1) At 0:23 to 0:39 you state that every country on earth is reforming education. Why do you choose to start with a hyperbole? You go on to say the first reason is because of economics, but you then link this statement to how do we educate our kids to take their place in the global economy given that we can’t see what it will be like in one week. First concern: I am deeply troubled by the notion that the primary purpose of education is to produce people who can serve the economy. Is that the concern of every government? I would consider it a sad and troubling state of affairs if this was their concern. Is that your goal? Is there no government who is concerned about producing well-rounded and knowledgeable citizens who will be ready to take their place as citizens and participants in a democracy? Or as capable heads of families? Or as empathic and law-abiding adults? When Aristotle stated that knowledge was a good both with what one could do with it and a good unto itself was he merely talking about the economy?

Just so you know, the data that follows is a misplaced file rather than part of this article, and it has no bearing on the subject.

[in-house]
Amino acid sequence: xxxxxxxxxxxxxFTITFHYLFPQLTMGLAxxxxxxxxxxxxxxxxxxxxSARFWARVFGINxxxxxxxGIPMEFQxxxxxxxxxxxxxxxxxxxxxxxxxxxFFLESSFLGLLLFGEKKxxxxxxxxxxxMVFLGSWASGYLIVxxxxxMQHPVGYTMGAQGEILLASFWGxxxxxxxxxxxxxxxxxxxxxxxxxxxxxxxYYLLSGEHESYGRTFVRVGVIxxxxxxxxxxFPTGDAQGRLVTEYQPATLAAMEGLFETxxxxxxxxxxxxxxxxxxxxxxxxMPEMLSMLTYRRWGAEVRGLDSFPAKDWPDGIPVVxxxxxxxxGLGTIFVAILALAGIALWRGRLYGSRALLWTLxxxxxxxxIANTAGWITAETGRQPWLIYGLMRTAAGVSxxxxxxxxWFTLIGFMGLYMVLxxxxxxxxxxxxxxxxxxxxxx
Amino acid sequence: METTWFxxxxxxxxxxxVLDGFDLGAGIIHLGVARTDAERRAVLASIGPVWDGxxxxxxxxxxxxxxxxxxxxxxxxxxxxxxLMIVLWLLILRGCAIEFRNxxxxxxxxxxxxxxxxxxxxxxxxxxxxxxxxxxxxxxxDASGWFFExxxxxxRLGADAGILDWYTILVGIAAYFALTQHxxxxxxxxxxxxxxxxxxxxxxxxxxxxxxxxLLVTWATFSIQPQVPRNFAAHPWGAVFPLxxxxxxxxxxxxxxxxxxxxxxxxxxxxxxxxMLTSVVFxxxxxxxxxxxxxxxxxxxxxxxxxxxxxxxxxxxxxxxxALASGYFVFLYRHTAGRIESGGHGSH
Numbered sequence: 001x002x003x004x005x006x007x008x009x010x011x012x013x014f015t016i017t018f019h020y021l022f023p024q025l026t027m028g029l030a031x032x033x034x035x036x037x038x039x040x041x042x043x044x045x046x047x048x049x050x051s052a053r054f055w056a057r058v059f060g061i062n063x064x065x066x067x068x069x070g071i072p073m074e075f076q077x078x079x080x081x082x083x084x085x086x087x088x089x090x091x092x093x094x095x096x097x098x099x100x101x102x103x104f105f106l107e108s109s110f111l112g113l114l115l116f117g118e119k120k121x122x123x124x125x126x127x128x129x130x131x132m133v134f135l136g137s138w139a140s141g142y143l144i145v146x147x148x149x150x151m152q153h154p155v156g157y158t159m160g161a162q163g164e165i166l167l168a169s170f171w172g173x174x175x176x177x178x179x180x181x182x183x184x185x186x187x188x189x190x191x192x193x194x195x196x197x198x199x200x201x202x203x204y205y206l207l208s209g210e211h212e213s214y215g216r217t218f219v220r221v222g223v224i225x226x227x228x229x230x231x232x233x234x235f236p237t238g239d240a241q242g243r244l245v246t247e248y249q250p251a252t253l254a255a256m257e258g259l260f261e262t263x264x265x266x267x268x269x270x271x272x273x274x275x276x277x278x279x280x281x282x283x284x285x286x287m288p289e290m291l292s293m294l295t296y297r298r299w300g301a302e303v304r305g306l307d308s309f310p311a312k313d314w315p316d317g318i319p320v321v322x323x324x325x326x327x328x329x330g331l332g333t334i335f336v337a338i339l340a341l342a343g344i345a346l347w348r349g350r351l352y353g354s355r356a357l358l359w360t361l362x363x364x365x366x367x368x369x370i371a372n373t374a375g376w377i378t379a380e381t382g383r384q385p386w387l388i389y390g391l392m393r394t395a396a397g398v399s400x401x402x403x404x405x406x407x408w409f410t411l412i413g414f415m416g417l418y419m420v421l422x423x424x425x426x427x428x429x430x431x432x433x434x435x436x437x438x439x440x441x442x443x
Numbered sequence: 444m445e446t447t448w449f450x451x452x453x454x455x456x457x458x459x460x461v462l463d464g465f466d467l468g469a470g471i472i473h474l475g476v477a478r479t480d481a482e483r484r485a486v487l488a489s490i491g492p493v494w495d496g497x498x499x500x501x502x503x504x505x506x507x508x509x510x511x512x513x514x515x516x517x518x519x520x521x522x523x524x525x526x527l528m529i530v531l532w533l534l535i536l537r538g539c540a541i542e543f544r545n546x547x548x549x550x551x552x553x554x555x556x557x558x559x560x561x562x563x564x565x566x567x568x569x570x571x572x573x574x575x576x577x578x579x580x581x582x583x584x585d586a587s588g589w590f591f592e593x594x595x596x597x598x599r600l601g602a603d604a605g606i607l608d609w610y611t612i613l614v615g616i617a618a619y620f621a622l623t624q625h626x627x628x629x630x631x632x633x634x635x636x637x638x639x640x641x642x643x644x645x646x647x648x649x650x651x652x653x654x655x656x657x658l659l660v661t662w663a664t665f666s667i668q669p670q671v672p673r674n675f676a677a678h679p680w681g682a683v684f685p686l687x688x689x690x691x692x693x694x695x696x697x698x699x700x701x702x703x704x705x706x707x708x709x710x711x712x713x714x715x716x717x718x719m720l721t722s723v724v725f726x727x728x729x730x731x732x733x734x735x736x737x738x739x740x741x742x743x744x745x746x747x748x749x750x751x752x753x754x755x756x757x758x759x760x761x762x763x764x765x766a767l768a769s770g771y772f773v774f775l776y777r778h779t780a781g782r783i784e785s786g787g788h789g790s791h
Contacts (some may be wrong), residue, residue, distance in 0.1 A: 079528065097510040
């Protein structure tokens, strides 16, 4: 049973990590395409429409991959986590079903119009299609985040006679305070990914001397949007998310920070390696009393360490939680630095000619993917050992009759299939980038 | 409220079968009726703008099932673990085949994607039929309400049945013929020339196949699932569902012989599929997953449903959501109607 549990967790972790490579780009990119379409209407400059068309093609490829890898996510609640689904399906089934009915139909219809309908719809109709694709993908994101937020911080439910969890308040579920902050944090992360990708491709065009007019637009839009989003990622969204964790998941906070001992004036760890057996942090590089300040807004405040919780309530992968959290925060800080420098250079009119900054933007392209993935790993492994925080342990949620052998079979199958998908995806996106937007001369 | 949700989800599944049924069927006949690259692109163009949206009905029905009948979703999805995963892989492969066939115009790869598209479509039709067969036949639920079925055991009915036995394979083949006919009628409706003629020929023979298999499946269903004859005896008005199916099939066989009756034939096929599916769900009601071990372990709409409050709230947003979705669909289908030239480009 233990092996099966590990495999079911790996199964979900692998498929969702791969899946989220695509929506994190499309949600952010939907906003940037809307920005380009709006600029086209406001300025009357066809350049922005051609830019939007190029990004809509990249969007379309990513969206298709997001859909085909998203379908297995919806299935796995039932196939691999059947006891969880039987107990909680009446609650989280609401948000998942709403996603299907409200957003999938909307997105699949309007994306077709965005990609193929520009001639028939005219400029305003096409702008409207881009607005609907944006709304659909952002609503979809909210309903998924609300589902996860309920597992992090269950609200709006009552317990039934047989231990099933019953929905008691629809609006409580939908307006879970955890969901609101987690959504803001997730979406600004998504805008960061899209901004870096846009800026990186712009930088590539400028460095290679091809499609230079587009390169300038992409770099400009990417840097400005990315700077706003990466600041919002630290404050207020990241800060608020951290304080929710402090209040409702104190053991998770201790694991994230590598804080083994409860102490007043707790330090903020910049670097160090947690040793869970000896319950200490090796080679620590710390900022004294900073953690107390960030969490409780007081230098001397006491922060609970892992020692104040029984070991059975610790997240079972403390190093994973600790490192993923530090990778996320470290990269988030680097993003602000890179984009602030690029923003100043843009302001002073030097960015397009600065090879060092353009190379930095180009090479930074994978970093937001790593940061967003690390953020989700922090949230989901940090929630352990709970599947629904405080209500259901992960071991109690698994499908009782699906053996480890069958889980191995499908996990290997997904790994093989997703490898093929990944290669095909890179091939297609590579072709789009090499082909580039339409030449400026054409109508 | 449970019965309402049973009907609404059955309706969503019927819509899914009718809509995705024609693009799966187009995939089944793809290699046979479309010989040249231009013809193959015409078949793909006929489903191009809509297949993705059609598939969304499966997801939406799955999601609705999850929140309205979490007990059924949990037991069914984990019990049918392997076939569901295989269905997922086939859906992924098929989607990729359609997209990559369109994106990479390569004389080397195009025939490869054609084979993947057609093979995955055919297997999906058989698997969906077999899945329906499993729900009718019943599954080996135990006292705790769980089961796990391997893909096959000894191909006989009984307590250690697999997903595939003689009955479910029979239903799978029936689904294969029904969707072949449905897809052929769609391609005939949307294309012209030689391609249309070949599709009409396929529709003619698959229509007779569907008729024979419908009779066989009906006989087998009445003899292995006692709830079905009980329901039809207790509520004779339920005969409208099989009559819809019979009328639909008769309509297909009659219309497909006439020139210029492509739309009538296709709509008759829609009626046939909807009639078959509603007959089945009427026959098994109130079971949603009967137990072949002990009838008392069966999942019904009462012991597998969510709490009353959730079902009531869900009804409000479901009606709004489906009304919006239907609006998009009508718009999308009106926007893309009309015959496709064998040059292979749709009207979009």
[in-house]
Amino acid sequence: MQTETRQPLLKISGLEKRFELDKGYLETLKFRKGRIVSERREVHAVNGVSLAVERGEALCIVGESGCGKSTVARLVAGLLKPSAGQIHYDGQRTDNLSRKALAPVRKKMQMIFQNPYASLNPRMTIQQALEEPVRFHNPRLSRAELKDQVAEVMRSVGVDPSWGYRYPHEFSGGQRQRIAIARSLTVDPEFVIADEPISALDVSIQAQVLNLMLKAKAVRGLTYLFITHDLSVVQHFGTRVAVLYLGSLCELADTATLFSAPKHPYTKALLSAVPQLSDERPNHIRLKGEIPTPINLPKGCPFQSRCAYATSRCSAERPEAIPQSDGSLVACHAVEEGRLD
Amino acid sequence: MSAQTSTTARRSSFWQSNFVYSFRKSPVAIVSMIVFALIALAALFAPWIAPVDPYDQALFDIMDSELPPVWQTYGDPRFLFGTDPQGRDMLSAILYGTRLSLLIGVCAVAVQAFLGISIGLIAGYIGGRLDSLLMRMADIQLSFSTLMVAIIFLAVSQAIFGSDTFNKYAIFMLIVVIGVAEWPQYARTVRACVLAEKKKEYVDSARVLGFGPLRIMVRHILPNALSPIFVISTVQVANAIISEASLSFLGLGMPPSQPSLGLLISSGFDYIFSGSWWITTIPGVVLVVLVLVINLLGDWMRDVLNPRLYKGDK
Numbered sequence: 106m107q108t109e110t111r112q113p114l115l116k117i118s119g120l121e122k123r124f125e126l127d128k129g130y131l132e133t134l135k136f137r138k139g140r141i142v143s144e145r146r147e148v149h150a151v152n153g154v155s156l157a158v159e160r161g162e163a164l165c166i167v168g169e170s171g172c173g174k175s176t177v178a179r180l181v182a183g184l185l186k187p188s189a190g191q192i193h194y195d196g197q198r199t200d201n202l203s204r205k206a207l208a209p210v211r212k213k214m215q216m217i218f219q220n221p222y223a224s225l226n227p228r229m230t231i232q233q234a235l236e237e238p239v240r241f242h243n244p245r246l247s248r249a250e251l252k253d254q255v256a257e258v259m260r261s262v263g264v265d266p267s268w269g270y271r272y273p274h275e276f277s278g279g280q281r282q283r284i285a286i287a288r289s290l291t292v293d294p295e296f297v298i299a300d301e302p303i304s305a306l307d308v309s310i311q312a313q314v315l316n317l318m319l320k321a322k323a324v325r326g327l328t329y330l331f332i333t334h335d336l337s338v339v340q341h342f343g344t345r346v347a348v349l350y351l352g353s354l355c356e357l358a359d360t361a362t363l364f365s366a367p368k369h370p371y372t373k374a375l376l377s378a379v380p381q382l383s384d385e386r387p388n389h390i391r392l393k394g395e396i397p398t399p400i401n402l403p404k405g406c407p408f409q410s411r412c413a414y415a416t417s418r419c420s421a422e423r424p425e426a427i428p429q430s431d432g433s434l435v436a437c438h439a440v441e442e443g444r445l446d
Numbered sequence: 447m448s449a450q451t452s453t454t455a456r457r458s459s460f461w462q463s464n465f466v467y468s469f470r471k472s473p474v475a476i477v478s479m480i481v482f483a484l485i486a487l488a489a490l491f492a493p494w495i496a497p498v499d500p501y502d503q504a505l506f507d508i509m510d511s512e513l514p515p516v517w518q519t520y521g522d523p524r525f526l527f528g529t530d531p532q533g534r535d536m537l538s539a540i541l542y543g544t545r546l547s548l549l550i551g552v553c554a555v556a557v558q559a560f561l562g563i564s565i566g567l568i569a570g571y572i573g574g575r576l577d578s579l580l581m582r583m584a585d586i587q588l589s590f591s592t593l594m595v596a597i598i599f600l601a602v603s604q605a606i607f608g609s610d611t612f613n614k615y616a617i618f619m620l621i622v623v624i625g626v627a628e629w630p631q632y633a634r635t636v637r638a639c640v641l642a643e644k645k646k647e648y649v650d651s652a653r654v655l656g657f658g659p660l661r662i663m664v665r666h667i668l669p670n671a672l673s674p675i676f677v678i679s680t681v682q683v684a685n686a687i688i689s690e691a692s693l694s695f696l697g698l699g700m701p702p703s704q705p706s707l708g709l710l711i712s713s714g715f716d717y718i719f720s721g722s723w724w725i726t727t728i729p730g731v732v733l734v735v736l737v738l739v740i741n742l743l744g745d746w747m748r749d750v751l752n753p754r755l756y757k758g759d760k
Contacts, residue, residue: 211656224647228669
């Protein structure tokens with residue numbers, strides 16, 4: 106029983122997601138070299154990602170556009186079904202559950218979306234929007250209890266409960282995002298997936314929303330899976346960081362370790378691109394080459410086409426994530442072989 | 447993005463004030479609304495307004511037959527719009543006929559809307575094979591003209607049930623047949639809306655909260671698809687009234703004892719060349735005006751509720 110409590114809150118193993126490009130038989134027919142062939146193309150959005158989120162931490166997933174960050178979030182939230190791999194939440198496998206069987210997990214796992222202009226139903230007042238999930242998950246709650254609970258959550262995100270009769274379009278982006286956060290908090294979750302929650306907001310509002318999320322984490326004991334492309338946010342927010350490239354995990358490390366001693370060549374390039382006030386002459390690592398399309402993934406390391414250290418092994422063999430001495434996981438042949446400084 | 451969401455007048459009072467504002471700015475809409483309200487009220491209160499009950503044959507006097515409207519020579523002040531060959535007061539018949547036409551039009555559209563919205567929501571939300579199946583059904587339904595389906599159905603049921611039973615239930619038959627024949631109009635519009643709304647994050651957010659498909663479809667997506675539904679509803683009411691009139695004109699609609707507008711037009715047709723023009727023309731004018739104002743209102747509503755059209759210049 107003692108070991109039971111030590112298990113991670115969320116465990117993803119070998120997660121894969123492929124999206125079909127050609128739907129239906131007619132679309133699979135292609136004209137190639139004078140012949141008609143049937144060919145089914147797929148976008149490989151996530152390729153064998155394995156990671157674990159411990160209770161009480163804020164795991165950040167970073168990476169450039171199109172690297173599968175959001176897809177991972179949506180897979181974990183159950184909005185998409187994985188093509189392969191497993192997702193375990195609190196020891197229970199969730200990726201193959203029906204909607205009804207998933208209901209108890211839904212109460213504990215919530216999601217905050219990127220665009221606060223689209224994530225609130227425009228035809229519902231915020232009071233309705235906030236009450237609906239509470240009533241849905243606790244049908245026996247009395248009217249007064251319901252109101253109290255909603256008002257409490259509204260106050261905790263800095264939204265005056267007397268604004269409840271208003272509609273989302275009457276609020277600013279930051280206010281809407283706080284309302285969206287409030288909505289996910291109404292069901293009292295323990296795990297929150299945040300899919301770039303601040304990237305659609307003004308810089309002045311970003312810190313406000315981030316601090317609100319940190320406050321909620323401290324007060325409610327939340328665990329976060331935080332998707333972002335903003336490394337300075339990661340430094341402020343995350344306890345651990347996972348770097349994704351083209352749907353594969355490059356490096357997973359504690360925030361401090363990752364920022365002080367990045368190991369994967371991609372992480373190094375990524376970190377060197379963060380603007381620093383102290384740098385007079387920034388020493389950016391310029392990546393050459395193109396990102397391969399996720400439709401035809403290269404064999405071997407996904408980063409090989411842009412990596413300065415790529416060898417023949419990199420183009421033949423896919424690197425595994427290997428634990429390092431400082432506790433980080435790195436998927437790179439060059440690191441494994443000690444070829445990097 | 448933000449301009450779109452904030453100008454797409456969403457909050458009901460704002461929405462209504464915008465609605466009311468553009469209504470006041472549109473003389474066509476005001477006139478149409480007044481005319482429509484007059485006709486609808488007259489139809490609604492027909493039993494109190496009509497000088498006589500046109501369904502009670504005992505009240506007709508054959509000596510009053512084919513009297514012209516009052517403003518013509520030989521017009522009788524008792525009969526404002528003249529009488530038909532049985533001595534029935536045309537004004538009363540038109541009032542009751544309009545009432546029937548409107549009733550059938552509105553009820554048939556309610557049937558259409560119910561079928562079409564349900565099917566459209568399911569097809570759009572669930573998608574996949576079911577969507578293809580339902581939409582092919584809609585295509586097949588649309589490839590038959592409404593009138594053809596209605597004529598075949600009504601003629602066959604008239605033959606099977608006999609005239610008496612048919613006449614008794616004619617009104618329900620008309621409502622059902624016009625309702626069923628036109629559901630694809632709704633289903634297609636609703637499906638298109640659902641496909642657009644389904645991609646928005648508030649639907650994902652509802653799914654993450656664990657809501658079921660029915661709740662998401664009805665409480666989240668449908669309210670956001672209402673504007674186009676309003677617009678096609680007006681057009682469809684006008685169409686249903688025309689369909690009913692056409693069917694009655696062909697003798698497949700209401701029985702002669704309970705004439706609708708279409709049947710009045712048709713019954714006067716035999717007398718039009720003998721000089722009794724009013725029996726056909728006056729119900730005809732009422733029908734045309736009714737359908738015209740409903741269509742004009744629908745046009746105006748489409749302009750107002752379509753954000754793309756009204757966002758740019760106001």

2) 3:47 you start introducing your critic of ADHD. You first present a map of prescription rates across America. I am very concerned about your cavalier attitude towards your own source and as such, your limiting of your audience’s ability to be critical of it and to analyze it properly. We must accept your analysis because you so effectively deny us the ability to construct our own. I was unable to find your apparent source. Luckily for me, a colleague was able to find it. It can be found at: http://pediatrics.aappublications.org/content/vol111/issue2/images/large/pe0235938002.jpeg and is copied below: